How to Moe
Jessica C. Michaels
Moe (pronounced “mo-eh”) is a quality in a person/anthropomorphized being that evokes feelings of protectiveness, adoration and general heart-fuzziness in the viewer/people around them. As annoying (and creepy) as it can be to have people fawning over you for your cuteness – even if you’re a magical warrior of supreme evil, dammit – it can be highly exploitable. Here is a quick guide to using that patronizing patriarchal pity to your own advantage.
THE MOE LOOK
The typical moe girl/femme looks kawaii, dainty, stereotypically feminine and is modest to some degree. If you look too boldly sexy, people may assume you have sexual agency and boast some degree of independence. Tareme – the large, sleepy, downward-sloping eye shape – is a common moe feature. This allows for innocent eyelash-batting and for quivering puppy-eyes. You can fake it by applying lots of mascara on your lower lashes and using light-coloured eyeliner on your lower lash line. Avoid dramatic winged eyeliner as this is too tsurime and makes your evil unladylike bitchiness rather obvious. Accompany with lots of blusher, so you look perpetually embarrassed. Corals and bright pinks are suitably bashful colours.
Think back to your school days for hair inspiration. Two afro puffs, box-braid pigtails or bantu knots are adorable hairdos. If you’re more inclined to wigs or weaves, wear yours odango-style or in double-braids. You could use bangs to enhance the hypnotic effect of your tareme. While pink frilly dresses and skirts are the standard when it comes to kawaisa, a tomboyish style can work well, too. If you feel this look will further your agenda, adopt a more rascally, childish style as opposed to dapper masculine sophistication; think less 1980’s Grace Jones and more Bu-Ling/Dennis the Menace. Otherwise Sweet Lolita or schoolgirl meganekko are great disguises.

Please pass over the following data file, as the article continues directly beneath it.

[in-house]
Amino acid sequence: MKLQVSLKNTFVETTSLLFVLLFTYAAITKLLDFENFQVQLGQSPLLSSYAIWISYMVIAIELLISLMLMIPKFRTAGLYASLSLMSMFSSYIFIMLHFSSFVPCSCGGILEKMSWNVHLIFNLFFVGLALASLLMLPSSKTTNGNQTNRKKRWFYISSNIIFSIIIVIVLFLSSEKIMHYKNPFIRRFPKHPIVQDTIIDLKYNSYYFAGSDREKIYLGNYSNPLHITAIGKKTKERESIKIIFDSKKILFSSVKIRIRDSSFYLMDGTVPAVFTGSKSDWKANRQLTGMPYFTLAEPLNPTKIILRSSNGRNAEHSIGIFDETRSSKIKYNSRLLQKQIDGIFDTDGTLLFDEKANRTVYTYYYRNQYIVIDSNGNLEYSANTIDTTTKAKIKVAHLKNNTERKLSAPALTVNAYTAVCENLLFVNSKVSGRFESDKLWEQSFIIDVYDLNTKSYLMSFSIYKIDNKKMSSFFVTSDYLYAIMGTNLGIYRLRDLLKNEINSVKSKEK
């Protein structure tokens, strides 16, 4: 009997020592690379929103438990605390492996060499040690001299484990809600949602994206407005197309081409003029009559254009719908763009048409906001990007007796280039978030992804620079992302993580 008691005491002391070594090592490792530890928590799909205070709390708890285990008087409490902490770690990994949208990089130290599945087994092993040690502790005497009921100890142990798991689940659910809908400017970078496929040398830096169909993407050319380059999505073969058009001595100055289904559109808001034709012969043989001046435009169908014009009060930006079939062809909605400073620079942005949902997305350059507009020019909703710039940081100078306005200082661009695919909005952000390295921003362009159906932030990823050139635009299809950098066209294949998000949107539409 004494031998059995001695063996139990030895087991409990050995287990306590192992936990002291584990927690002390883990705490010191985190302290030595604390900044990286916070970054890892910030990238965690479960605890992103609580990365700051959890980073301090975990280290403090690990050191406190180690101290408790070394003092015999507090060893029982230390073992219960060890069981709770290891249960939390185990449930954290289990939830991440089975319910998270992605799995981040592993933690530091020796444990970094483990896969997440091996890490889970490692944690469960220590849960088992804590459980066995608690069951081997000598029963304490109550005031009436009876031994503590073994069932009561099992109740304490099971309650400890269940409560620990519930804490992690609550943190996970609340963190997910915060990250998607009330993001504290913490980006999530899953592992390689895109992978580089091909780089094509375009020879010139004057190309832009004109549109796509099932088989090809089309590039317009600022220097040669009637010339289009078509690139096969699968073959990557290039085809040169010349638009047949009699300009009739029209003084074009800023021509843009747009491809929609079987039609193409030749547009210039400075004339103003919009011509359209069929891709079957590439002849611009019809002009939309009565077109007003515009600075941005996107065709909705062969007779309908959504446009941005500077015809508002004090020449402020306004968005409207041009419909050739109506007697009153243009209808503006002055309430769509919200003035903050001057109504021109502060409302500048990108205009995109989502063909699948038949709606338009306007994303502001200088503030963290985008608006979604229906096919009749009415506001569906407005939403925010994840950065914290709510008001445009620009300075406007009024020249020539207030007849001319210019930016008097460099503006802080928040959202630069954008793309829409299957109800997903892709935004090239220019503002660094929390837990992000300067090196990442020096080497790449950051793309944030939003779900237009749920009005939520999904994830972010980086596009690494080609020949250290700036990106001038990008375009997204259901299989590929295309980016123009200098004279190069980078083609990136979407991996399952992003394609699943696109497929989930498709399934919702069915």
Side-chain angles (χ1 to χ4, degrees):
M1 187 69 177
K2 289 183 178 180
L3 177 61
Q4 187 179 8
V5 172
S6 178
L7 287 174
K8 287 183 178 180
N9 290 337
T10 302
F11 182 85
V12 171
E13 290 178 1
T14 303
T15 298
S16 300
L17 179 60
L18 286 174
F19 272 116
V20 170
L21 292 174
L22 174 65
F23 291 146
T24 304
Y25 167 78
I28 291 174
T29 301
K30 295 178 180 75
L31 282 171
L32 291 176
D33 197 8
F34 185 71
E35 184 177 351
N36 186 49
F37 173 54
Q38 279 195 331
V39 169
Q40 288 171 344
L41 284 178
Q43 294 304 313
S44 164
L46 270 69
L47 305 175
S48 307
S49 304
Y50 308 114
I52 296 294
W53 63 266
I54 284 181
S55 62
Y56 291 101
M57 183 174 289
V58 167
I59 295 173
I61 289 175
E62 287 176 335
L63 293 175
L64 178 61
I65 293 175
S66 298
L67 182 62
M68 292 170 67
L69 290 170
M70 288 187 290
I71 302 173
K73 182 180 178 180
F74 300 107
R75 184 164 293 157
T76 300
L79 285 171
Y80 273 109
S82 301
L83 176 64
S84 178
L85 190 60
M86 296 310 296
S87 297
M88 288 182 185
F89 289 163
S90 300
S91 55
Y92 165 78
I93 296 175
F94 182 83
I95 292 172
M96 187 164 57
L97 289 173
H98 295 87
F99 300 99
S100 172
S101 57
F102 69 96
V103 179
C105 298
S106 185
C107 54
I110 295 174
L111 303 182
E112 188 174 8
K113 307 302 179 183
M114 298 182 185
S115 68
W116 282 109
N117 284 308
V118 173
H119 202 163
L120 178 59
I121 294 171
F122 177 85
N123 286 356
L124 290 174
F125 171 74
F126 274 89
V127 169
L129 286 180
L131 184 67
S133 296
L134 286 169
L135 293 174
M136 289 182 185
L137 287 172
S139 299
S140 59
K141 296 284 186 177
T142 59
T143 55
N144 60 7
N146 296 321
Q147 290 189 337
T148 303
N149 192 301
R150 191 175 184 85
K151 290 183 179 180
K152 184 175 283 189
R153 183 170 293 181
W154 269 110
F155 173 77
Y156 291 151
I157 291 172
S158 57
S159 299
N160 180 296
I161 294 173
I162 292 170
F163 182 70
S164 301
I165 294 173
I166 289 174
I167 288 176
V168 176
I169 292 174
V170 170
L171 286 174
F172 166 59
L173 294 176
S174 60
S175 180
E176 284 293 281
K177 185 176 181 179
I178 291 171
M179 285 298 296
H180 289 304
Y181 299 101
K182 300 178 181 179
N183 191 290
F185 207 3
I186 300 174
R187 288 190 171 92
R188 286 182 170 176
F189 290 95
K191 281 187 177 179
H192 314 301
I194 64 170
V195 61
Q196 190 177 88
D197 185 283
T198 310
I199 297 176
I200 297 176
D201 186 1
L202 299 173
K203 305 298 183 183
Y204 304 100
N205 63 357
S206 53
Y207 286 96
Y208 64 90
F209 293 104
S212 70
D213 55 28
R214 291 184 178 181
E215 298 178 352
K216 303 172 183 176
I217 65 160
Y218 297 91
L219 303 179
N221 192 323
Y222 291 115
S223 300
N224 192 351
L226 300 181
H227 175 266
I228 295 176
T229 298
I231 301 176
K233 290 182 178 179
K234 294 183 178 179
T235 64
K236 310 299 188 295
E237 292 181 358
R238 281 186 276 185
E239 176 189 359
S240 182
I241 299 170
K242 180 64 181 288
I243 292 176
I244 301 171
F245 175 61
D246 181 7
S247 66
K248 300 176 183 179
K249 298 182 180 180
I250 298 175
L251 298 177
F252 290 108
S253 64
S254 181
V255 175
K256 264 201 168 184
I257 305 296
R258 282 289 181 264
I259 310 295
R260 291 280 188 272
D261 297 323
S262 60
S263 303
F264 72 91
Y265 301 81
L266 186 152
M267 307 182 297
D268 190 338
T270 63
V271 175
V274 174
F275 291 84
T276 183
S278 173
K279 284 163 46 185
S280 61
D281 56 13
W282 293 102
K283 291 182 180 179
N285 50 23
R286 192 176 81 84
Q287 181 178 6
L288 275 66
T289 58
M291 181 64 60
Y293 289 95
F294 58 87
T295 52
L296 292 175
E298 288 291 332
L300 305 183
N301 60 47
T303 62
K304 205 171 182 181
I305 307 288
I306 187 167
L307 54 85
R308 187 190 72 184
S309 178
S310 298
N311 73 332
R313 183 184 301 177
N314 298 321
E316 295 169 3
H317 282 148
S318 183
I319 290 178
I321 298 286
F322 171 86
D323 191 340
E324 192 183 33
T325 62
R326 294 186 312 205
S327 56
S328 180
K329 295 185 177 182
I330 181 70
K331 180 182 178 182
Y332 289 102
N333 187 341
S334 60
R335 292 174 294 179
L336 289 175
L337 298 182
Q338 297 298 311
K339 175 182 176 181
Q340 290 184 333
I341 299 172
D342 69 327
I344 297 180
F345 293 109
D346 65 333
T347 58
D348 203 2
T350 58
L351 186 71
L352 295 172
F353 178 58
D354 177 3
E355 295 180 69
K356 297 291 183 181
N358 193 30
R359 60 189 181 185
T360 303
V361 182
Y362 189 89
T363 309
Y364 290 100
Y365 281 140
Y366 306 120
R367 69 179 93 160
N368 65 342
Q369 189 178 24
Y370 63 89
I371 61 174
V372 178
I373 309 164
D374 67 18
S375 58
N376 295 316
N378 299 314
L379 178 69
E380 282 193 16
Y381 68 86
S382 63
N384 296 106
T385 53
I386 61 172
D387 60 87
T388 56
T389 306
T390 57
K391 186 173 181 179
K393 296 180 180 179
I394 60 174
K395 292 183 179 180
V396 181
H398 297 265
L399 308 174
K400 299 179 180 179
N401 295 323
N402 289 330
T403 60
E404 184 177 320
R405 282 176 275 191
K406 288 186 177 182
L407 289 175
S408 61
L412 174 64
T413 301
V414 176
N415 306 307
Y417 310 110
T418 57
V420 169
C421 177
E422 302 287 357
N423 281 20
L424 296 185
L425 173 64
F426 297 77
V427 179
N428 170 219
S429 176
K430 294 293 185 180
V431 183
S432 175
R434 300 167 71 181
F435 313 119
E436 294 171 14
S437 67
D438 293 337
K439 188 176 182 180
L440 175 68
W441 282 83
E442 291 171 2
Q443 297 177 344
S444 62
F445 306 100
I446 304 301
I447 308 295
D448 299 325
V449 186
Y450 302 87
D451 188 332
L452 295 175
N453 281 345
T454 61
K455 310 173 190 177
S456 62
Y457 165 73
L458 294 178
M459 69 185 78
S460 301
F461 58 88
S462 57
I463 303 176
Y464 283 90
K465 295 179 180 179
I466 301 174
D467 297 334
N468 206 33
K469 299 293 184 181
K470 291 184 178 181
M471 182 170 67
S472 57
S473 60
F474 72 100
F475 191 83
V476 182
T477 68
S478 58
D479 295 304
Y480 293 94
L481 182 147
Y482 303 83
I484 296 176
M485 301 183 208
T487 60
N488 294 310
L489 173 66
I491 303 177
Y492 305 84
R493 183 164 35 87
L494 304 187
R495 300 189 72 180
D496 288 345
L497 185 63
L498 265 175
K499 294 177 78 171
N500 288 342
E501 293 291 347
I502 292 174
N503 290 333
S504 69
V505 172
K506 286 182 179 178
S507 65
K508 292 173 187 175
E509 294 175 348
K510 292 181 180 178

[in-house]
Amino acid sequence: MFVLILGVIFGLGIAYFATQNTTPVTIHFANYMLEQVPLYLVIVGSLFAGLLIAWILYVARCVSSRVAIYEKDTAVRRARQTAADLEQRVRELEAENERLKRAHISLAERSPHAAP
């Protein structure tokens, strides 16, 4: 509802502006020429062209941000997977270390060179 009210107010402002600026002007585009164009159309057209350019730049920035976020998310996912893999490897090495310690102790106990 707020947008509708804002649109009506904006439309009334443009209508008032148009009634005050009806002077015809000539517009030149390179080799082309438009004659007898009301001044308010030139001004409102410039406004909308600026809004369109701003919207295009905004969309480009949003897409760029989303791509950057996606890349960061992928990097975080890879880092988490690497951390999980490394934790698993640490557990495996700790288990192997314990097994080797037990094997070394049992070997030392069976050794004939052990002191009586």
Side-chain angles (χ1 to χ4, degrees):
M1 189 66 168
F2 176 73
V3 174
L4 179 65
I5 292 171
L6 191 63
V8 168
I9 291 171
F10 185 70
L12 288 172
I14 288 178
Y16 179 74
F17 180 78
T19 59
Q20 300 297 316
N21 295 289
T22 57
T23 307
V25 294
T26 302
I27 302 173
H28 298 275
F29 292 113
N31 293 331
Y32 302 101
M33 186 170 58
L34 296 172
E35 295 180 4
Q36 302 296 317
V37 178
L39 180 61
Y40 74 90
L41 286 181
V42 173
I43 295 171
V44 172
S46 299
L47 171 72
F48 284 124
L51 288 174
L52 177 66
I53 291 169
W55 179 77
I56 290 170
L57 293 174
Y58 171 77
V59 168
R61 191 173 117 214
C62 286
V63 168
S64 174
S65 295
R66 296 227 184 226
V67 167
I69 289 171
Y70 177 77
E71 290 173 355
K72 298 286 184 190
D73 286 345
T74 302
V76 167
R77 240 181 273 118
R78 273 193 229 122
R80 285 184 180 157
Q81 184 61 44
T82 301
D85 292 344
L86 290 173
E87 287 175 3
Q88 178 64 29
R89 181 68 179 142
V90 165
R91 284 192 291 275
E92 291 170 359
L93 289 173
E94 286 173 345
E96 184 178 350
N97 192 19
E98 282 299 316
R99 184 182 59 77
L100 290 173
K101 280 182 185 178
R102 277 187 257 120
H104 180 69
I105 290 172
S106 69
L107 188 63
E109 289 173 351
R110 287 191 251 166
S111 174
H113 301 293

When trying to fool people you anticipate seeing more often, a mere cosmetic veneer of helplessness won’t suffice. You’ll need to employ moe quirks to maintain that illusion. Fake approachability by adopting a minor socially-acceptable flaw. The dojikko is an easy persona for beginners, as this entails little more than falling down, tripping up and dropping things. Combine this with a few ditzy malapropisms and bubbly giggles and your enemies will scramble to help out poor little you.
You don’t need to lose sight of who you are! Adapt your saccharine sugary sweetness to whatever feels most natural. An introverted evil genius might like to employ a meek and shy persona, while a more outgoing mastermind may prefer a boisterous-yet-adorable bubbliness. Most important is to be polite and nice to everybody – or, conversely, if you choose the cutely-socially-awkward brand of moe, to pretend to struggle with basic social interactions. You could stutter, giggle awkwardly or apologize profusely for minor (premeditated) social gaffes. And smile! You’ll be so kawaii! Nobody will suspect that it is, in fact, you, behind the energy sapping/jewel thievery/world takeover/embezzlement scheme!
**Jessica C. Michaels is a freelance writer and illustrator hailing from Cape Town, South Africa. She enjoys magical girl warriors, cartoon ponies, the colour pink, and smashing patriarchy.**